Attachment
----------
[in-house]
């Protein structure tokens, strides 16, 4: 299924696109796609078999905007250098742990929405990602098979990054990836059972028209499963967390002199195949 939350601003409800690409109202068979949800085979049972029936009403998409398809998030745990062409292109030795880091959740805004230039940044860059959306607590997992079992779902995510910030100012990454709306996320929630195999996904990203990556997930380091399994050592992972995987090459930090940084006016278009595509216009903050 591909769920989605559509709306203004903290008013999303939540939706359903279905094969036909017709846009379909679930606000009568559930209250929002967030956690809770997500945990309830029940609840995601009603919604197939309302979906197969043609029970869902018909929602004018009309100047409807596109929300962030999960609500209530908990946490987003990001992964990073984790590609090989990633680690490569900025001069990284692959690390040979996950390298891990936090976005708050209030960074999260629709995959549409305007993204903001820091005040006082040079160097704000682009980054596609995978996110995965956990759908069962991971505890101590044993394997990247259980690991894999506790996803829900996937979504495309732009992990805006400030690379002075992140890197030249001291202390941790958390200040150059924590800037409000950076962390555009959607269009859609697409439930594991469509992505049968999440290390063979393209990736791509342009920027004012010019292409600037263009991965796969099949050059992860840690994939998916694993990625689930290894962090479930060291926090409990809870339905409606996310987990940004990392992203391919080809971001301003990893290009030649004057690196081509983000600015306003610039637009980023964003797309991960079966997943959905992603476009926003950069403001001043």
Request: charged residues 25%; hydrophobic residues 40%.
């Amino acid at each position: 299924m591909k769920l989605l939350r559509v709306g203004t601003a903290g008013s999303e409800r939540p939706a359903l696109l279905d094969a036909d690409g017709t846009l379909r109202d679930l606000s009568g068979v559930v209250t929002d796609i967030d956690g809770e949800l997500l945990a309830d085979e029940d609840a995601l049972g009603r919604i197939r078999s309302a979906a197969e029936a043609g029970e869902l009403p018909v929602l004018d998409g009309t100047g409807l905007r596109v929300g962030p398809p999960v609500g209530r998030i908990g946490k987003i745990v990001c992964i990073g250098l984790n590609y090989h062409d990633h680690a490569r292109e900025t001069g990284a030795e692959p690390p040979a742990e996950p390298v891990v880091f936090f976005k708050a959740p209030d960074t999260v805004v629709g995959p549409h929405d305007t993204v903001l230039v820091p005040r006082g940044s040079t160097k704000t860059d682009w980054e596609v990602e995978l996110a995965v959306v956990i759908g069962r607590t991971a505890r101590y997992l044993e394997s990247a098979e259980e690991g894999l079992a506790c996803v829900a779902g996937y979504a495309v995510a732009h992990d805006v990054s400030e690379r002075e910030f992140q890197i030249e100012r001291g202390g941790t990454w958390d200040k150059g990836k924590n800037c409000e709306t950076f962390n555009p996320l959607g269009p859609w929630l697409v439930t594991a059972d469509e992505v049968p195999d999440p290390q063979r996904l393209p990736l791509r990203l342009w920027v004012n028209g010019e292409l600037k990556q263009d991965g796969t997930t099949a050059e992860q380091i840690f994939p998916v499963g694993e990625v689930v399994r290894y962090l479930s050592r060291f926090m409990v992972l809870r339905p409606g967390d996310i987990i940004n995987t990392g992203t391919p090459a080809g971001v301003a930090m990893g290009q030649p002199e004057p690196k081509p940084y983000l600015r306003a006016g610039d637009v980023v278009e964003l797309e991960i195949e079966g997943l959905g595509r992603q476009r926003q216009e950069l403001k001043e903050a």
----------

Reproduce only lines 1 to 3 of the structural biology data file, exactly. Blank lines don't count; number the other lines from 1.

[in-house]
């Protein structure tokens, strides 16, 4: 299924696109796609078999905007250098742990929405990602098979990054990836059972028209499963967390002199195949 939350601003409800690409109202068979949800085979049972029936009403998409398809998030745990062409292109030795880091959740805004230039940044860059959306607590997992079992779902995510910030100012990454709306996320929630195999996904990203990556997930380091399994050592992972995987090459930090940084006016278009595509216009903050 591909769920989605559509709306203004903290008013999303939540939706359903279905094969036909017709846009379909679930606000009568559930209250929002967030956690809770997500945990309830029940609840995601009603919604197939309302979906197969043609029970869902018909929602004018009309100047409807596109929300962030999960609500209530908990946490987003990001992964990073984790590609090989990633680690490569900025001069990284692959690390040979996950390298891990936090976005708050209030960074999260629709995959549409305007993204903001820091005040006082040079160097704000682009980054596609995978996110995965956990759908069962991971505890101590044993394997990247259980690991894999506790996803829900996937979504495309732009992990805006400030690379002075992140890197030249001291202390941790958390200040150059924590800037409000950076962390555009959607269009859609697409439930594991469509992505049968999440290390063979393209990736791509342009920027004012010019292409600037263009991965796969099949050059992860840690994939998916694993990625689930290894962090479930060291926090409990809870339905409606996310987990940004990392992203391919080809971001301003990893290009030649004057690196081509983000600015306003610039637009980023964003797309991960079966997943959905992603476009926003950069403001001043």
Request: charged residues 25%; hydrophobic residues 40%.